3In Cat Power years, that’s maybe two records a decade.
4Let’s face it, every EP feels imcomplete. They are akin to the 20-minute set. You get a taste of the very best, maybe with one stinker. Just when you’re into it, it’s over.
I don’t know whether I read it or saw it, but Kurt Cobain once referred to the popular rock music of his time as “beer and lifestyle music”. You know, music that wasn’t serious. Bands focused on getting wasted and doing lots of chicks1. It was about fun. No one needed a serious REM or U2 to ruin the enjoyment.
That was so long ago that music has come full circle. Beer and lifestyle music is OK in serious music circles. This happened years ago, but it’s not always done well. Jon Spencer did it well for one, maybe two albums2. Bob Pollard practically made a career out of music for beer drinking. Beer and lifestyle music has come a long way since the days when Kurt Cobain despised it.
Enter Japandroids. They write serious songs about beer and lifestyle3.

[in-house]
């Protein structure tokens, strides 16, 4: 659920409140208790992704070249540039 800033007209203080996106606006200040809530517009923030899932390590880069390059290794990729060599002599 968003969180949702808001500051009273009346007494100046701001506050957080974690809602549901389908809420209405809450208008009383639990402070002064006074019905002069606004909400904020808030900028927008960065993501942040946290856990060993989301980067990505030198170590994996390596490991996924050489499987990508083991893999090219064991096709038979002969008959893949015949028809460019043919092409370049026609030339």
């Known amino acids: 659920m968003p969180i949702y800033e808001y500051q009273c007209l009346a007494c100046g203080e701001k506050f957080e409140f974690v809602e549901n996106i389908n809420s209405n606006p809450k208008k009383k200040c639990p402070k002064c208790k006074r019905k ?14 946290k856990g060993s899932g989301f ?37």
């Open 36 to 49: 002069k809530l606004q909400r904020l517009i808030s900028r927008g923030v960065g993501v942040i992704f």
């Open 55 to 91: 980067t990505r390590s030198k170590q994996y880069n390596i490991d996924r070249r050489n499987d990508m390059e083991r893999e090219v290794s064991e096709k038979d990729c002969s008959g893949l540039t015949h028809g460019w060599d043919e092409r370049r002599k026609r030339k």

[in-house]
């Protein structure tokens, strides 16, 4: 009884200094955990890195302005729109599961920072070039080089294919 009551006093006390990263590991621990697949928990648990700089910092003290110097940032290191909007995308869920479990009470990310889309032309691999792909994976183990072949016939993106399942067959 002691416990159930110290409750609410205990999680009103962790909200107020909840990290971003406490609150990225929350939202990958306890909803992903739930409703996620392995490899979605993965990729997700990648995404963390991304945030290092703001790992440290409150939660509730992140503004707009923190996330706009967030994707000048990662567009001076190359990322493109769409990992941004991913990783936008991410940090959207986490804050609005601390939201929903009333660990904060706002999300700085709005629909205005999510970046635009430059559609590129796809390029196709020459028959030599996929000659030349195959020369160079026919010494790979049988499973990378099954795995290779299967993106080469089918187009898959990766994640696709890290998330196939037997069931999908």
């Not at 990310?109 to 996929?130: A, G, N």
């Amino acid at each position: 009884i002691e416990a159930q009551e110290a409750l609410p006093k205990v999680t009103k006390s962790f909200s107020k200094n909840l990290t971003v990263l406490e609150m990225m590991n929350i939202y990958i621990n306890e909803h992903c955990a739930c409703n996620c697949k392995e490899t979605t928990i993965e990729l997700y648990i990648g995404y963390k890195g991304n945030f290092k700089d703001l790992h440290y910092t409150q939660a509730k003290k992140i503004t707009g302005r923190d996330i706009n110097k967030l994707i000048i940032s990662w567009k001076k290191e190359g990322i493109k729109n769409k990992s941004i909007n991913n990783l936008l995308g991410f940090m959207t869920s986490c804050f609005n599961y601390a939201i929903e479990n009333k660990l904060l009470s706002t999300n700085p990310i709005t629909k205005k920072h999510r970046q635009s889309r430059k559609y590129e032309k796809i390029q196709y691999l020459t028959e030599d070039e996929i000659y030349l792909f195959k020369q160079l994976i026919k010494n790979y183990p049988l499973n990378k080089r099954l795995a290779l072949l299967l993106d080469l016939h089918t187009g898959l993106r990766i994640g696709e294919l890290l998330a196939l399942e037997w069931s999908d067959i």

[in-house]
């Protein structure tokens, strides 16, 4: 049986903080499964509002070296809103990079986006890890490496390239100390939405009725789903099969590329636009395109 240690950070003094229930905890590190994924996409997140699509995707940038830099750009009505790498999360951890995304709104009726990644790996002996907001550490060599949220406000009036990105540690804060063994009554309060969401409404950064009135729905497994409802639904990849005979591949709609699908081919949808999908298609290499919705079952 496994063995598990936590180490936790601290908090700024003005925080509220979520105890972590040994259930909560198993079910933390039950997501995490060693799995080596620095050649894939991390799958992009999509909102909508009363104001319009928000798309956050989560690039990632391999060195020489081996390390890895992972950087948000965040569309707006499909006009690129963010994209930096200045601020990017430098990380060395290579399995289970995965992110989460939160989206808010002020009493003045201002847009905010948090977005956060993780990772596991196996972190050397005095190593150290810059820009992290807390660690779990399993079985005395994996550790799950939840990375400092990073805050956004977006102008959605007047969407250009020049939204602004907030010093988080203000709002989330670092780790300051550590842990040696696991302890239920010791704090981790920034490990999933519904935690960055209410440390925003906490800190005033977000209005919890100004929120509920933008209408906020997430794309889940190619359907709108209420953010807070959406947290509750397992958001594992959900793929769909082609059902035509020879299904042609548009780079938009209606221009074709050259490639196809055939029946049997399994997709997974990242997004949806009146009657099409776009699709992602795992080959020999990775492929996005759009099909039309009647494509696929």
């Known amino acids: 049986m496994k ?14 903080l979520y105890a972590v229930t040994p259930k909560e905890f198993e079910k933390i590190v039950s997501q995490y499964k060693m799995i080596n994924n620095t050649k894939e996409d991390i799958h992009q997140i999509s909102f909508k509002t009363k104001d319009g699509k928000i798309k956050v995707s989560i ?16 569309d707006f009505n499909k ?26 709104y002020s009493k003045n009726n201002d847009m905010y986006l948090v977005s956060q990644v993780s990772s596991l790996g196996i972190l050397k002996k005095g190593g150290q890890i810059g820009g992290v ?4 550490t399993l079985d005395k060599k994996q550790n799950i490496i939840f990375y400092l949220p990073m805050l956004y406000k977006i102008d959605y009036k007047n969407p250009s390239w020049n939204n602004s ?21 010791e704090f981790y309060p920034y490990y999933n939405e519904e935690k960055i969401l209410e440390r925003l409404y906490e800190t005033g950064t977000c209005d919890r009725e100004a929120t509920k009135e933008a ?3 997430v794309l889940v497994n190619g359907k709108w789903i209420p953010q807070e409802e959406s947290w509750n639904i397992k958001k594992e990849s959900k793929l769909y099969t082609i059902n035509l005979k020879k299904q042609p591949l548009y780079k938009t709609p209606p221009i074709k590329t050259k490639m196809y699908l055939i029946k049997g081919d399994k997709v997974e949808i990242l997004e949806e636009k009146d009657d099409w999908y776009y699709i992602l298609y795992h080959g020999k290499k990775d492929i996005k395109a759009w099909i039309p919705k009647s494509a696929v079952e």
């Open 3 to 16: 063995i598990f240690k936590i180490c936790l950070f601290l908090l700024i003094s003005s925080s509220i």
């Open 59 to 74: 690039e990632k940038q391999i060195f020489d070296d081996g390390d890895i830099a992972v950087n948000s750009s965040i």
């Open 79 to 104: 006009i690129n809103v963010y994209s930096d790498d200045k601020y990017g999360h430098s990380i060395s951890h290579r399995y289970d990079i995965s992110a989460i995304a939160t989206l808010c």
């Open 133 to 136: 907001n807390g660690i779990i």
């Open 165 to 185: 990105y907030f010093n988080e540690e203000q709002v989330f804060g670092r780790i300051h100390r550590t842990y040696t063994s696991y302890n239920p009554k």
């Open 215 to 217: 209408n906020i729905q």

I loved, loved their full-length debut, Post-Nothing. The unbridled exuberance of youth of this record is completely captivating. They make me believe again. Japandroids make me want to mosh and throw half-empties at bands again4. The music has that effect on people.
So, tonight, I saw this twosome that sounds like a five-some play a local club.
They went bat-shit-crazy. There was a mosh pit. A mosh pit.
I was so giddy, I bought my third choice of t-shirt and a 7″ I never intended on purchasing.
So, if by some chance you have the opportunity to see a Japandroids5 show, do it. And don’t do it for me. Do it for you.
1This has not changed and probably never will. The point is more that bands wrote songs about this shit. It was pretty shallow stuff, really.
2Mo Width was great, but I haven’t listened to it in years due to a cassette dub that was lost to my car stereo years ago. Orange is a classic forever.
3Or I’ve fallen for their trap of making me feel young again.
4I moshed at one time, but I never threw a half-empty.
5I never did get back to beer and lifestyle music, did I? Basically, Japandroids make it seem cool for the first time ever. I think I need to address this issue in a future post.